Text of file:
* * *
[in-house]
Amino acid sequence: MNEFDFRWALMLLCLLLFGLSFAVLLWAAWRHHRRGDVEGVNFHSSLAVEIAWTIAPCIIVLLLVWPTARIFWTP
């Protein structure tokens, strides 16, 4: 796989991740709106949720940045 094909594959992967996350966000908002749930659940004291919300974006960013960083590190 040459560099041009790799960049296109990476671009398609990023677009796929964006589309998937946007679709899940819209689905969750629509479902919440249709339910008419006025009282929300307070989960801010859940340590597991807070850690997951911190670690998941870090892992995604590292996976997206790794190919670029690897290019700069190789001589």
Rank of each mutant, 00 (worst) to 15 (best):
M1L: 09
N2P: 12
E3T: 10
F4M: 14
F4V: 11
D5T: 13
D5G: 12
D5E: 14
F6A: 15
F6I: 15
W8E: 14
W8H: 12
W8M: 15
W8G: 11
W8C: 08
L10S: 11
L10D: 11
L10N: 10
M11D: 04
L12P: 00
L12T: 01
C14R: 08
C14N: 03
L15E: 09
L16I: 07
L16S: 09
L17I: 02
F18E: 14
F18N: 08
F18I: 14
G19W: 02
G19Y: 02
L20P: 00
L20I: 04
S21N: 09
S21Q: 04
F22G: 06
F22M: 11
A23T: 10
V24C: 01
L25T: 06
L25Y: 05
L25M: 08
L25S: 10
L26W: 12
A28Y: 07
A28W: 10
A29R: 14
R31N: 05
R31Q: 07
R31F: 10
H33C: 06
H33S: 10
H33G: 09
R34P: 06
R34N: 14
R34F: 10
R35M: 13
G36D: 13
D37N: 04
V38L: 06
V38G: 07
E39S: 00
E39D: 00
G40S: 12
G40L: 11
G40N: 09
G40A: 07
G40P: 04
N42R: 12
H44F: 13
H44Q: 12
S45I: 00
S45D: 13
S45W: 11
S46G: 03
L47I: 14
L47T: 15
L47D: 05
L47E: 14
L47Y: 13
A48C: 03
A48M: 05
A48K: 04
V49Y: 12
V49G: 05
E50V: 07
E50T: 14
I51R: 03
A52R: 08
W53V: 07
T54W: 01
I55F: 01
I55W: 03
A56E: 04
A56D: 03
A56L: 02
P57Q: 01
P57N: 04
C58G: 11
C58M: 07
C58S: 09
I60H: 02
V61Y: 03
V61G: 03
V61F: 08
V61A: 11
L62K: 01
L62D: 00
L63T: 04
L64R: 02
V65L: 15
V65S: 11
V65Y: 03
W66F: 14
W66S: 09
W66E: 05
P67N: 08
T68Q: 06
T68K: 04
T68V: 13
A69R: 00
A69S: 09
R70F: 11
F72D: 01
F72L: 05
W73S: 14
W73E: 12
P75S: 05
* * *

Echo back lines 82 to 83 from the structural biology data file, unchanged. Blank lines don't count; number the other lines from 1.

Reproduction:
L47T: 15
L47D: 05